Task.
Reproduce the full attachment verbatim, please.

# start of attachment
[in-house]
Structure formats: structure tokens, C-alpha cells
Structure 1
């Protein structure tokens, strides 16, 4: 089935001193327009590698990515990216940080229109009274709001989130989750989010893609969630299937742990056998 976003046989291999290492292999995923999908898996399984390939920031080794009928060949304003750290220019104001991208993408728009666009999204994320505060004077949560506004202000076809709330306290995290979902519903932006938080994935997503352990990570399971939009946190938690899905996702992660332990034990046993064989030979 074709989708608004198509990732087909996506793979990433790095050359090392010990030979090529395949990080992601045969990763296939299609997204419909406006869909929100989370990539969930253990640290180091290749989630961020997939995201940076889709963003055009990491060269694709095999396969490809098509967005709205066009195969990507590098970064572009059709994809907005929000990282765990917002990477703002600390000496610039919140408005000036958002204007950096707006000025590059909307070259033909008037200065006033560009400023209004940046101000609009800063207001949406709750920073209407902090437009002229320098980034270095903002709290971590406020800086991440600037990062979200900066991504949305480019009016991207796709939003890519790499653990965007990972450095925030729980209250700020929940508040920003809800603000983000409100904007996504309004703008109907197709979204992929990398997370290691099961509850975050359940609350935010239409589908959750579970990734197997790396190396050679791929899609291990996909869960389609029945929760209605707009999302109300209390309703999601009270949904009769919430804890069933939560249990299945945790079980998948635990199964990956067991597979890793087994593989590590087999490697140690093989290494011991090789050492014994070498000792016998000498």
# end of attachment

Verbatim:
[in-house]
Structure formats: structure tokens, C-alpha cells
Structure 1
């Protein structure tokens, strides 16, 4: 089935001193327009590698990515990216940080229109009274709001989130989750989010893609969630299937742990056998 976003046989291999290492292999995923999908898996399984390939920031080794009928060949304003750290220019104001991208993408728009666009999204994320505060004077949560506004202000076809709330306290995290979902519903932006938080994935997503352990990570399971939009946190938690899905996702992660332990034990046993064989030979 074709989708608004198509990732087909996506793979990433790095050359090392010990030979090529395949990080992601045969990763296939299609997204419909406006869909929100989370990539969930253990640290180091290749989630961020997939995201940076889709963003055009990491060269694709095999396969490809098509967005709205066009195969990507590098970064572009059709994809907005929000990282765990917002990477703002600390000496610039919140408005000036958002204007950096707006000025590059909307070259033909008037200065006033560009400023209004940046101000609009800063207001949406709750920073209407902090437009002229320098980034270095903002709290971590406020800086991440600037990062979200900066991504949305480019009016991207796709939003890519790499653990965007990972450095925030729980209250700020929940508040920003809800603000983000409100904007996504309004703008109907197709979204992929990398997370290691099961509850975050359940609350935010239409589908959750579970990734197997790396190396050679791929899609291990996909869960389609029945929760209605707009999302109300209390309703999601009270949904009769919430804890069933939560249990299945945790079980998948635990199964990956067991597979890793087994593989590590087999490697140690093989290494011991090789050492014994070498000792016998000498």